[Howard Zinn raw #48]

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Howard Zinn speaks at Amherst College on "The Myth of the Cold War."

0:02 Dark shots of a packed audience.

1:23 Howard Zinn shakes hands and converses with audience members before his talk.

5:43 Michael Klare, the director of the Peace and World Security Studies program at Hampshire College makes some announcements and apologizes for the heat. He talks about the problems facing the United States in the contemporary global arrangement of power and introduces Howard Zinn.

9:44 Howard Zinn takes the podium, makes sure people can hear him, and introduces his talk, “The Myth of the Cold War.”

12:06 Zinn explains what he means by “The Myth of the Cold War.” He discusses how the Soviet Union and communism were represented as threats in the United States. He gives an overview of the history surrounding President Woodrow Wilson’s abolition of Haiti’s constituent assembly. He tells the story of General Smedley Butler, a U.S. Marine general who partook in the United States’ activities throughout the Caribbean, but later wrote critically on his time in the service, writing that he was “an errand boy for Wall Street.”

18:42 Howard Zinn talks about American actions in Haiti as contradictory to our supposed commitment to constitutionality. He rejects the false logic that ran throughout the Cold War, that the United States stands opposite the brutality of the Soviet Union rather than shares in them.

22:15 He says that the traditional story of the Cold War, that the United States did what it had to do to keep the world safe from the Soviet Union, is built on the false premise that the United States was a peaceful, neighborly nation before 1917. He reviews the history of American territorial expansion. “So we were already an expansionist nation, we are already a military power, right from after the Revolution, right from after we won the war against England and annulled their Proclamation of 1763…”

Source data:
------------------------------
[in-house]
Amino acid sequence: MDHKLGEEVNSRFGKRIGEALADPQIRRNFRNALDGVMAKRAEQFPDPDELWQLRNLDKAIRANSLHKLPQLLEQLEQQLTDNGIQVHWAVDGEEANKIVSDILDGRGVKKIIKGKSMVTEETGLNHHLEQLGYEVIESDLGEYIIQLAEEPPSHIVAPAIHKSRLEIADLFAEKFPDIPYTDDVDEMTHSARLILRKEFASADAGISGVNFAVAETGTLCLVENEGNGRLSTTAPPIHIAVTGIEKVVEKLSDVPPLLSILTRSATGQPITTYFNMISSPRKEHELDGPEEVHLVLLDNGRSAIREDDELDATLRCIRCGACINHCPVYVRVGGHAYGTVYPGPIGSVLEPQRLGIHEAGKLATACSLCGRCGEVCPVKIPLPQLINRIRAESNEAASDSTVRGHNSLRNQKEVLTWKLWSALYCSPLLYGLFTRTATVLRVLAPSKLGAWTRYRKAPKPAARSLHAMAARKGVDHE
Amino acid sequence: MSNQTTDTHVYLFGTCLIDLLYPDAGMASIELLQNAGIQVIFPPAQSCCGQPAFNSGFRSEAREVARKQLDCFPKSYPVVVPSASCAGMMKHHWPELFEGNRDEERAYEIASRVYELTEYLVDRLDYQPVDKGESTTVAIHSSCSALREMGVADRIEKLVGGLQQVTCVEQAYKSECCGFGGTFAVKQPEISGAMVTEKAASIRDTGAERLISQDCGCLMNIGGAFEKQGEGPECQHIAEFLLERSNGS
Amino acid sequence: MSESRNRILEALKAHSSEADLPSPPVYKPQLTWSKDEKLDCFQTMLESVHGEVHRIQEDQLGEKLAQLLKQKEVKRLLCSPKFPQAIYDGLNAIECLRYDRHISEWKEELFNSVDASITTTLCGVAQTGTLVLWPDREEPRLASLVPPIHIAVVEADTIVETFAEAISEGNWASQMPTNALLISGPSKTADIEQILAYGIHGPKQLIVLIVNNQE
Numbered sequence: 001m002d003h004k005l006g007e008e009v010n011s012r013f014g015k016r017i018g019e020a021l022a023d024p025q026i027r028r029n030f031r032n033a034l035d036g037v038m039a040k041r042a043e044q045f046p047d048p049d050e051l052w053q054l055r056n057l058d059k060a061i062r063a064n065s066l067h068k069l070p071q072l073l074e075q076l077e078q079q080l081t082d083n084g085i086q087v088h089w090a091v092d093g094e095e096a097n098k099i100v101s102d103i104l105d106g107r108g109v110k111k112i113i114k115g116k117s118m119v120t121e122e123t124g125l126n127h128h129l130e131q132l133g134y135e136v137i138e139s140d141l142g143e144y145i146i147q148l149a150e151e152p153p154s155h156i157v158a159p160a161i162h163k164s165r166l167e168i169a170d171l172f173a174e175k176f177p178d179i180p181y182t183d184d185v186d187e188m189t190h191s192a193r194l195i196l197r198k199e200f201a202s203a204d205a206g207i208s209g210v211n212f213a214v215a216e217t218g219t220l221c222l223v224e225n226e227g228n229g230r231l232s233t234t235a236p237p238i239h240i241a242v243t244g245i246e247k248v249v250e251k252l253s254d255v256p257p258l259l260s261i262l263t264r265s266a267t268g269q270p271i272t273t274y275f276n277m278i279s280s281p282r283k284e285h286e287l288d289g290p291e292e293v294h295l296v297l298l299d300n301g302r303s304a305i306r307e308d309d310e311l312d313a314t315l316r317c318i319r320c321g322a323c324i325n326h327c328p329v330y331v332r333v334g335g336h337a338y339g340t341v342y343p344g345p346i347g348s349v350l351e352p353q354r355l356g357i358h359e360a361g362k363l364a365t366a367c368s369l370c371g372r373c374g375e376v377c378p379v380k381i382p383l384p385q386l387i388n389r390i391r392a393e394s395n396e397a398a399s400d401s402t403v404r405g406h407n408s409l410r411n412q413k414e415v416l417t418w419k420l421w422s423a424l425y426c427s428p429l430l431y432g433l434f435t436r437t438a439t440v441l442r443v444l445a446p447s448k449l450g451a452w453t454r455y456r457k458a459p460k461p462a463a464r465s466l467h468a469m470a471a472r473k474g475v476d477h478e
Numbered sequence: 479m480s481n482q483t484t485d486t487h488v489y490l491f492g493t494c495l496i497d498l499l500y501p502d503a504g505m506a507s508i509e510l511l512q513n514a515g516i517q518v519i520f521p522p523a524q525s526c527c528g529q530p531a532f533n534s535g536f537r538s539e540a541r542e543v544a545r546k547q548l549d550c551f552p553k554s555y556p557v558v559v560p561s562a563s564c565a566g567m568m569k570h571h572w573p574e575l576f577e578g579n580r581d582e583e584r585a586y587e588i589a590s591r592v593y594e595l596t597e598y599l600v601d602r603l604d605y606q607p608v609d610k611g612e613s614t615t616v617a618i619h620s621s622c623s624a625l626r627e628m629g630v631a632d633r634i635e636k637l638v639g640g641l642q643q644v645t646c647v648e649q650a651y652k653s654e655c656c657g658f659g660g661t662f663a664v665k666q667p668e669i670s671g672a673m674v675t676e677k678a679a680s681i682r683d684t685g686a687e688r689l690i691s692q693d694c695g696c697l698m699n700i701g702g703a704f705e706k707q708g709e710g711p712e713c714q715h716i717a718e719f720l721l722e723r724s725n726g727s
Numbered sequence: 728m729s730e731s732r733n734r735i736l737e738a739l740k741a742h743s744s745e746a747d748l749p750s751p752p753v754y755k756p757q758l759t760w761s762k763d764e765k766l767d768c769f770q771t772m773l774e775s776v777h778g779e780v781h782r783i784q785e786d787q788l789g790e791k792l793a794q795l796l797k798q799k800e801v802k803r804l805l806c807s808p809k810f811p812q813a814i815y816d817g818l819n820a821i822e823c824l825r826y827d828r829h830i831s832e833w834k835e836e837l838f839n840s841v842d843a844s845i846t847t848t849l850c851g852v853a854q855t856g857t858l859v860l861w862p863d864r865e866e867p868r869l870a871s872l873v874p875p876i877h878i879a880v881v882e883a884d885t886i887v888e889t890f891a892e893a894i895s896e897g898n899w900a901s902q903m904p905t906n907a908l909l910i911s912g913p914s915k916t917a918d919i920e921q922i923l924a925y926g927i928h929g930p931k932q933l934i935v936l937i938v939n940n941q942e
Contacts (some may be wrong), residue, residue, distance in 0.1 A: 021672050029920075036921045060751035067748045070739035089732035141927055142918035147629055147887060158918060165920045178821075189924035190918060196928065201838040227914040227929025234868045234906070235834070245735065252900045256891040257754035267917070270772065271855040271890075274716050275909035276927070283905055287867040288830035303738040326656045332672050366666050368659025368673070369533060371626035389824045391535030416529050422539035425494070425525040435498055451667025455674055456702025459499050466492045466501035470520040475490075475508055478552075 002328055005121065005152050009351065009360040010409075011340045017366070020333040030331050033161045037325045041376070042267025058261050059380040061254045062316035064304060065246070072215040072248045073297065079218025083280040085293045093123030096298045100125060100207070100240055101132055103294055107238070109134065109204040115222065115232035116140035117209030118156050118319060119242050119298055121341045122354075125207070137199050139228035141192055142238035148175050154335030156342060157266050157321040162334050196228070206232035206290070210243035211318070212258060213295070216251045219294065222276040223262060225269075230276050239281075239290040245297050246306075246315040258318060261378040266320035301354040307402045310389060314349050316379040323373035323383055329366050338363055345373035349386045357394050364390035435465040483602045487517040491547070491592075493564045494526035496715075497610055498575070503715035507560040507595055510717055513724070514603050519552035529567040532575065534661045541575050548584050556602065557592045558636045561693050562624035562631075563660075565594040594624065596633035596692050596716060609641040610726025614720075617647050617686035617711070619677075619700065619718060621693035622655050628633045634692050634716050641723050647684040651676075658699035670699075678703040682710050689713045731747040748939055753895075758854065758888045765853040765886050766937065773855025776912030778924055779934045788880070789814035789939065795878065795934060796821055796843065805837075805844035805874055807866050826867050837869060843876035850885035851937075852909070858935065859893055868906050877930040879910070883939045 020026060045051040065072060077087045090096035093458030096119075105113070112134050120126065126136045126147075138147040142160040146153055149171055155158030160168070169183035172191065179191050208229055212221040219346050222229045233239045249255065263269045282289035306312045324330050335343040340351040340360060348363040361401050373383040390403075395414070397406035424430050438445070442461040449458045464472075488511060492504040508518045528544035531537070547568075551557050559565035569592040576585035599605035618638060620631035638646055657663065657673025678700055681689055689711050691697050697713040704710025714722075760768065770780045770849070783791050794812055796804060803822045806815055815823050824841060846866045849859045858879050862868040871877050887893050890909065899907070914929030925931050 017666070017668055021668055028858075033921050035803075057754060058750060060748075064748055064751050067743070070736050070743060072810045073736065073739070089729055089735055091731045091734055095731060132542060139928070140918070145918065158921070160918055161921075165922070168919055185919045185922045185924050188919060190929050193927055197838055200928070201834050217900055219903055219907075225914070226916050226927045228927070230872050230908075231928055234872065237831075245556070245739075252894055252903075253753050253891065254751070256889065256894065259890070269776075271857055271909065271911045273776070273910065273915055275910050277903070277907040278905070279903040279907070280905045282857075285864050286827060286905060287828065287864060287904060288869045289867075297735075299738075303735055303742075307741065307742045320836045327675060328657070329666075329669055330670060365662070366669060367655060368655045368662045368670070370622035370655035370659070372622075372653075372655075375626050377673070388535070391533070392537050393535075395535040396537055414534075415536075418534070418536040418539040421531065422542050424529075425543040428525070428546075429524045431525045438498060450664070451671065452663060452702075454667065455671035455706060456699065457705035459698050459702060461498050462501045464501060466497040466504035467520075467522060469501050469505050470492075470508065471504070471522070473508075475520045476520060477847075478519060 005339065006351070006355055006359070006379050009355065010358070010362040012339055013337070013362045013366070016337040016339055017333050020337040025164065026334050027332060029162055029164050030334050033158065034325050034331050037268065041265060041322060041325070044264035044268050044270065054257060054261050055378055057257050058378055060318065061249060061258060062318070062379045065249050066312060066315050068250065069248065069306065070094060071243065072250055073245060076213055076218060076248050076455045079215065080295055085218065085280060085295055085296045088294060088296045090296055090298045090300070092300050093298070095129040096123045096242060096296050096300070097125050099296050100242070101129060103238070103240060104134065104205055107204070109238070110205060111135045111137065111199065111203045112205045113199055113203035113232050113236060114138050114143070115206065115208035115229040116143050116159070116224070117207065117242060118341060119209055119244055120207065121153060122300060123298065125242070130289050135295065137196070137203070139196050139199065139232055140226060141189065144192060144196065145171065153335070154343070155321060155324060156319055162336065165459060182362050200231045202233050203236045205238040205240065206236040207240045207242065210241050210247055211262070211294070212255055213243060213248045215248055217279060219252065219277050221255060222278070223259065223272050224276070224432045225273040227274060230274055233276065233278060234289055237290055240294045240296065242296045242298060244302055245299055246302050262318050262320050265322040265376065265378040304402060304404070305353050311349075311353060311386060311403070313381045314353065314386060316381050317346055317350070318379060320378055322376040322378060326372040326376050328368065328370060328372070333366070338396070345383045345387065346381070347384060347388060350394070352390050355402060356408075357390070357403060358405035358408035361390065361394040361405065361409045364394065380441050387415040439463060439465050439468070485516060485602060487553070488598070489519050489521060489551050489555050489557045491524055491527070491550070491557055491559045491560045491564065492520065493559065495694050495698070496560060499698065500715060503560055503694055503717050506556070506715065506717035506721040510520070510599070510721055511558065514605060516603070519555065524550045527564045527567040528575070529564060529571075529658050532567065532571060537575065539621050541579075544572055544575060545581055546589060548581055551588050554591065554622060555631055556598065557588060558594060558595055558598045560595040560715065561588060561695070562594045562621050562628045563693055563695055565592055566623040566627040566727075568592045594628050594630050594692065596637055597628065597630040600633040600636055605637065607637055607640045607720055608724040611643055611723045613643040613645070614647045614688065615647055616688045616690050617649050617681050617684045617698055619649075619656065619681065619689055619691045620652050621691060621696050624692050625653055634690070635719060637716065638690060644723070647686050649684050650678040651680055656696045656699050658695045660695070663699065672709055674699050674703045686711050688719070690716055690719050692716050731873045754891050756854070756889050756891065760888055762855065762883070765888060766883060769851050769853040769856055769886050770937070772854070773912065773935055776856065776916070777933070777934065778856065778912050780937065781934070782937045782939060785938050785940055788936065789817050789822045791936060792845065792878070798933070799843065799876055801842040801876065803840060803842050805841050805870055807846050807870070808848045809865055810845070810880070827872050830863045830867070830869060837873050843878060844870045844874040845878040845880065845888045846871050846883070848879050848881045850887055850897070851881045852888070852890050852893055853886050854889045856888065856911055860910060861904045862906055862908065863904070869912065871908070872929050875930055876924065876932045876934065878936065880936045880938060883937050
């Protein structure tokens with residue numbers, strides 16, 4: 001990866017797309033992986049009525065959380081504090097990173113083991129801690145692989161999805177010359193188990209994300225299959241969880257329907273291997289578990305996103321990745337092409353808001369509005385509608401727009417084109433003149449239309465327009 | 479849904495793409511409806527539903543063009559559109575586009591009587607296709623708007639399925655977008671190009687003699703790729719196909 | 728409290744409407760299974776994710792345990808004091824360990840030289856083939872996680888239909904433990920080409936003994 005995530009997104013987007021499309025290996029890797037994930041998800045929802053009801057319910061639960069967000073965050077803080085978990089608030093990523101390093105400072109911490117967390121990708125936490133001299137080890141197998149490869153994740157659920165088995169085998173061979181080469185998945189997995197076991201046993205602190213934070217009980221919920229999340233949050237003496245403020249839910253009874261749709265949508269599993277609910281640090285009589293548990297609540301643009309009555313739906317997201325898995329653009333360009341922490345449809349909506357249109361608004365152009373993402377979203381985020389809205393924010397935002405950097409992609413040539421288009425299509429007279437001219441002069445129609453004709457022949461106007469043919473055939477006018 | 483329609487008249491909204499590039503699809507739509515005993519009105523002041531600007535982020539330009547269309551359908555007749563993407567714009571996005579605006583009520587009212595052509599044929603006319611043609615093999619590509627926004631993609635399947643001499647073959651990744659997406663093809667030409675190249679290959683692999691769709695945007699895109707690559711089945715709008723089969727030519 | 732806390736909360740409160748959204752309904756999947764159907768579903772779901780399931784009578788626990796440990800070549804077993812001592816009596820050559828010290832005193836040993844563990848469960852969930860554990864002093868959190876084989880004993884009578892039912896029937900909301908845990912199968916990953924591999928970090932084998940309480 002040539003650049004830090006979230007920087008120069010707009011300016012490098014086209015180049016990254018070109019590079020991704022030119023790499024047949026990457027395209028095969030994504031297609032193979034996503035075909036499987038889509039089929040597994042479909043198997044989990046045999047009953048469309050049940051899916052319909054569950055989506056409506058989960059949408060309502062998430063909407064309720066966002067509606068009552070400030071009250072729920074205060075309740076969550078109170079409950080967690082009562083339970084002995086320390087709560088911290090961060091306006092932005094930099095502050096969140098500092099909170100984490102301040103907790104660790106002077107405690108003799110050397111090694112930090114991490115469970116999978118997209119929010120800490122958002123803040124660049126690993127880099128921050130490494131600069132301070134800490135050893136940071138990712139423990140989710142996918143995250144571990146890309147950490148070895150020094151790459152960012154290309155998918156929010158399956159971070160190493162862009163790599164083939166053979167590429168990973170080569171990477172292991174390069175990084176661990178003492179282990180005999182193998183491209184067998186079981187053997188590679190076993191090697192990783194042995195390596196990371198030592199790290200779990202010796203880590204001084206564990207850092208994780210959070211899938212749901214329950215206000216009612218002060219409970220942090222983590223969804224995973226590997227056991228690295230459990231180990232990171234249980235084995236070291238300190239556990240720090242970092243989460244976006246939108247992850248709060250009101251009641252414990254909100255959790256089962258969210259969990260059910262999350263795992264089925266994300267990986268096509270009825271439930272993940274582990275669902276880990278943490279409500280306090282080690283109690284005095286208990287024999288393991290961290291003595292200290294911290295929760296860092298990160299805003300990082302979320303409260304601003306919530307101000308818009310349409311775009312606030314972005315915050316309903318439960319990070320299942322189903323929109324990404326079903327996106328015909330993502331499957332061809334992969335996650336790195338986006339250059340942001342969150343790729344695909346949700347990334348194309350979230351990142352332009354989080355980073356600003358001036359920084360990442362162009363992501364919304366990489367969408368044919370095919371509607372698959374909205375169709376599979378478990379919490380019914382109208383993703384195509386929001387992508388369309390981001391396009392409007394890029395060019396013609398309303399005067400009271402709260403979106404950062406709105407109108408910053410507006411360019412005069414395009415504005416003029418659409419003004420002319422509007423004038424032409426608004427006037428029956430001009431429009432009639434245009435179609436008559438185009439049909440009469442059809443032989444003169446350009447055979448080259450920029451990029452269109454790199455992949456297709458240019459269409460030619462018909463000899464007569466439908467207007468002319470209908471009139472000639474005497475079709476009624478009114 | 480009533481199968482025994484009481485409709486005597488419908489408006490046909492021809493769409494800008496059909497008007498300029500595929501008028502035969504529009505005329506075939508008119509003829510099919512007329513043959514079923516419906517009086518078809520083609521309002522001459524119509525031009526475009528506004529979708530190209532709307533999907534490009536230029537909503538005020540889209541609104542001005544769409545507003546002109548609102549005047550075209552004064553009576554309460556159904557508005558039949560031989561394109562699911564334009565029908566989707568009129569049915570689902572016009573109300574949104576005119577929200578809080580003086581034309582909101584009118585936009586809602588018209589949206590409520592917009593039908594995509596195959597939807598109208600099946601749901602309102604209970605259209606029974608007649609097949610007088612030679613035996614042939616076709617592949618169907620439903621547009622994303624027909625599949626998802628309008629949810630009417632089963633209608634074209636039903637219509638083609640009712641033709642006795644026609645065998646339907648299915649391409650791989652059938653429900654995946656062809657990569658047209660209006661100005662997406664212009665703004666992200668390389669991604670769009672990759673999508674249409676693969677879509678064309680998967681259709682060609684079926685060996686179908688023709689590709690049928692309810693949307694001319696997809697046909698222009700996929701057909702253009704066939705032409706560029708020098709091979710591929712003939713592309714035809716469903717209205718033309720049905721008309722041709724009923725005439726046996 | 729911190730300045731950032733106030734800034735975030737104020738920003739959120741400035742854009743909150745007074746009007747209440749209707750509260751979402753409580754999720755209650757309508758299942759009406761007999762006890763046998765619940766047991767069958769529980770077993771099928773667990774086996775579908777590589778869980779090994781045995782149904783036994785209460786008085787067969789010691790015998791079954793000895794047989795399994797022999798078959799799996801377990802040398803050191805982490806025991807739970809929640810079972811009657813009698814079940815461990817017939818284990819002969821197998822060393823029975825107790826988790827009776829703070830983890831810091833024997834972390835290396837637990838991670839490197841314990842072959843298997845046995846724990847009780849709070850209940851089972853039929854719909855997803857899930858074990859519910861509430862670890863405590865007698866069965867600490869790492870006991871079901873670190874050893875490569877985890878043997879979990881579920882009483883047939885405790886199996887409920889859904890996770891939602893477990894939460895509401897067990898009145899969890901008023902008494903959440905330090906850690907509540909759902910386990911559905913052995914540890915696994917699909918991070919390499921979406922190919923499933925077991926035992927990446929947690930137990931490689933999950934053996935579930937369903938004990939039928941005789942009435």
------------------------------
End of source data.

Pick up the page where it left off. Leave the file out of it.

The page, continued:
27:12 Howard Zinn informs the audience about the history of U.S. military interventions in foreign countries prior to 1898. He talks about the United States’ activities in Argentina, Japan, Nicaragua, and Cuba. He quotes Theodore Roosevelt to illustrate his militaristic, imperialist attitude. He speaks about the sinking of the USS Maine and the investigation several decades later that revealed that its explosion was caused by internal malfunctions. He discusses the Spanish-American War and the U.S. military’s actions against the Moro people in the Philippines.

49:42 Zinn ties his previous remarks back to the Cold War. “There was a reality about the Soviet Union which has to be recognized. But there’s a difference between recognizing a reality and magnifying that reality into a threat to the world requiring the United States to go everywhere and do everything and overthrow this government and overthrow that government and see Soviet motives a thousand, five thousand, eight thousand miles away from the Soviet Union.”

 

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